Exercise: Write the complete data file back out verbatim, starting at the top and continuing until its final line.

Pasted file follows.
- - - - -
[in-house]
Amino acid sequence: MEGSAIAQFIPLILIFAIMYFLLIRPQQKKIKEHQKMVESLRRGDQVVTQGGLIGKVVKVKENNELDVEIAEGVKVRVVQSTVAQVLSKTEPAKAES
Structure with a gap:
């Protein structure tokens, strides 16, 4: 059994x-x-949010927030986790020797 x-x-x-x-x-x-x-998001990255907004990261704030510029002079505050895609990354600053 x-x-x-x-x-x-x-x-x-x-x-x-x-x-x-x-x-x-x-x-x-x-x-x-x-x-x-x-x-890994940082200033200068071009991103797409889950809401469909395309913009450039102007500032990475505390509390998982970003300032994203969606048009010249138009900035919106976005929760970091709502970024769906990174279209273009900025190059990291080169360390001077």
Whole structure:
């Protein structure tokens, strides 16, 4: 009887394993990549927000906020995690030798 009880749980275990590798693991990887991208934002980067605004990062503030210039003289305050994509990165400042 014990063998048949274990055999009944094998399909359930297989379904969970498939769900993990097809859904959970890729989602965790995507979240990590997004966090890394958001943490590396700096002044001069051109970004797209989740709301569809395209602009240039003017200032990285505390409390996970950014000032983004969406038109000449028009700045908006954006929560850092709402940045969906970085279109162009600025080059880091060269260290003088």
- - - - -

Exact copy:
[in-house]
Amino acid sequence: MEGSAIAQFIPLILIFAIMYFLLIRPQQKKIKEHQKMVESLRRGDQVVTQGGLIGKVVKVKENNELDVEIAEGVKVRVVQSTVAQVLSKTEPAKAES
Structure with a gap:
């Protein structure tokens, strides 16, 4: 059994x-x-949010927030986790020797 x-x-x-x-x-x-x-998001990255907004990261704030510029002079505050895609990354600053 x-x-x-x-x-x-x-x-x-x-x-x-x-x-x-x-x-x-x-x-x-x-x-x-x-x-x-x-x-890994940082200033200068071009991103797409889950809401469909395309913009450039102007500032990475505390509390998982970003300032994203969606048009010249138009900035919106976005929760970091709502970024769906990174279209273009900025190059990291080169360390001077």
Whole structure:
């Protein structure tokens, strides 16, 4: 009887394993990549927000906020995690030798 009880749980275990590798693991990887991208934002980067605004990062503030210039003289305050994509990165400042 014990063998048949274990055999009944094998399909359930297989379904969970498939769900993990097809859904959970890729989602965790995507979240990590997004966090890394958001943490590396700096002044001069051109970004797209989740709301569809395209602009240039003017200032990285505390409390996970950014000032983004969406038109000449028009700045908006954006929560850092709402940045969906970085279109162009600025080059880091060269260290003088």